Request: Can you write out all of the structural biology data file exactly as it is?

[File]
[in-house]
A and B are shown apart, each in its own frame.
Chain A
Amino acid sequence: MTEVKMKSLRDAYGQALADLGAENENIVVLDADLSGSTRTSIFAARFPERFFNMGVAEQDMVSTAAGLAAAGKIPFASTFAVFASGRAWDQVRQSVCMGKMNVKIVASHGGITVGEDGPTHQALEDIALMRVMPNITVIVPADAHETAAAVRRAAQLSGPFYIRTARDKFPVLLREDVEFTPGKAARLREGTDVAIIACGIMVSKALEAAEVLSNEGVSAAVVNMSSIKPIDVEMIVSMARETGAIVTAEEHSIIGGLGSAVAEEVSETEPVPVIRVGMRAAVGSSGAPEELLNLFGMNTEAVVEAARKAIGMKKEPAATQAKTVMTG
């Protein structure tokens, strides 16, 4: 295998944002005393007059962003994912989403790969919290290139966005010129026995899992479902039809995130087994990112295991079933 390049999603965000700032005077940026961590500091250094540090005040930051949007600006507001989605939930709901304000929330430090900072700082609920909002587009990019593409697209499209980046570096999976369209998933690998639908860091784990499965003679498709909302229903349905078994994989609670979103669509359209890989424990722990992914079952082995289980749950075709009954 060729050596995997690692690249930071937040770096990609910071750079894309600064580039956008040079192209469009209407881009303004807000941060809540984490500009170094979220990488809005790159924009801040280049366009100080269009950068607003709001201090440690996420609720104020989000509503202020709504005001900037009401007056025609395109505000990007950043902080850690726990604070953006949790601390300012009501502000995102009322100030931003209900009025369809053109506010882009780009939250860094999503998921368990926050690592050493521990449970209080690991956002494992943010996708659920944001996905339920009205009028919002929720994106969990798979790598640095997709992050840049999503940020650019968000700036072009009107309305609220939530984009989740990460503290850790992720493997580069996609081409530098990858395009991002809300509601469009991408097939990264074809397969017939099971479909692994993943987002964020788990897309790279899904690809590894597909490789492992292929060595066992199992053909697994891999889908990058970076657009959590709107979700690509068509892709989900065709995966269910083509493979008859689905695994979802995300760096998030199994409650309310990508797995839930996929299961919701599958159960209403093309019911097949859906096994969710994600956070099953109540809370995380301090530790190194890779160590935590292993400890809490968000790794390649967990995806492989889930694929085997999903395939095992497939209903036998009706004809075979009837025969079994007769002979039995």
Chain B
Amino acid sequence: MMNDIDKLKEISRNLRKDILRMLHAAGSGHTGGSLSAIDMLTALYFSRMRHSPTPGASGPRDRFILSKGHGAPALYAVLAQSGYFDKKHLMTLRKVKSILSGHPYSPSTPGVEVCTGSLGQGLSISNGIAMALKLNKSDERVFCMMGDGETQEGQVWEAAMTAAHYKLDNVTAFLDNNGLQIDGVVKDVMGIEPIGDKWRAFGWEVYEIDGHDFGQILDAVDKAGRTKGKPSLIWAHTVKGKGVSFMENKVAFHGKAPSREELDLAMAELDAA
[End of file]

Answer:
[in-house]
A and B are shown apart, each in its own frame.
Chain A
Amino acid sequence: MTEVKMKSLRDAYGQALADLGAENENIVVLDADLSGSTRTSIFAARFPERFFNMGVAEQDMVSTAAGLAAAGKIPFASTFAVFASGRAWDQVRQSVCMGKMNVKIVASHGGITVGEDGPTHQALEDIALMRVMPNITVIVPADAHETAAAVRRAAQLSGPFYIRTARDKFPVLLREDVEFTPGKAARLREGTDVAIIACGIMVSKALEAAEVLSNEGVSAAVVNMSSIKPIDVEMIVSMARETGAIVTAEEHSIIGGLGSAVAEEVSETEPVPVIRVGMRAAVGSSGAPEELLNLFGMNTEAVVEAARKAIGMKKEPAATQAKTVMTG
């Protein structure tokens, strides 16, 4: 295998944002005393007059962003994912989403790969919290290139966005010129026995899992479902039809995130087994990112295991079933 390049999603965000700032005077940026961590500091250094540090005040930051949007600006507001989605939930709901304000929330430090900072700082609920909002587009990019593409697209499209980046570096999976369209998933690998639908860091784990499965003679498709909302229903349905078994994989609670979103669509359209890989424990722990992914079952082995289980749950075709009954 060729050596995997690692690249930071937040770096990609910071750079894309600064580039956008040079192209469009209407881009303004807000941060809540984490500009170094979220990488809005790159924009801040280049366009100080269009950068607003709001201090440690996420609720104020989000509503202020709504005001900037009401007056025609395109505000990007950043902080850690726990604070953006949790601390300012009501502000995102009322100030931003209900009025369809053109506010882009780009939250860094999503998921368990926050690592050493521990449970209080690991956002494992943010996708659920944001996905339920009205009028919002929720994106969990798979790598640095997709992050840049999503940020650019968000700036072009009107309305609220939530984009989740990460503290850790992720493997580069996609081409530098990858395009991002809300509601469009991408097939990264074809397969017939099971479909692994993943987002964020788990897309790279899904690809590894597909490789492992292929060595066992199992053909697994891999889908990058970076657009959590709107979700690509068509892709989900065709995966269910083509493979008859689905695994979802995300760096998030199994409650309310990508797995839930996929299961919701599958159960209403093309019911097949859906096994969710994600956070099953109540809370995380301090530790190194890779160590935590292993400890809490968000790794390649967990995806492989889930694929085997999903395939095992497939209903036998009706004809075979009837025969079994007769002979039995």
Chain B
Amino acid sequence: MMNDIDKLKEISRNLRKDILRMLHAAGSGHTGGSLSAIDMLTALYFSRMRHSPTPGASGPRDRFILSKGHGAPALYAVLAQSGYFDKKHLMTLRKVKSILSGHPYSPSTPGVEVCTGSLGQGLSISNGIAMALKLNKSDERVFCMMGDGETQEGQVWEAAMTAAHYKLDNVTAFLDNNGLQIDGVVKDVMGIEPIGDKWRAFGWEVYEIDGHDFGQILDAVDKAGRTKGKPSLIWAHTVKGKGVSFMENKVAFHGKAPSREELDLAMAELDAA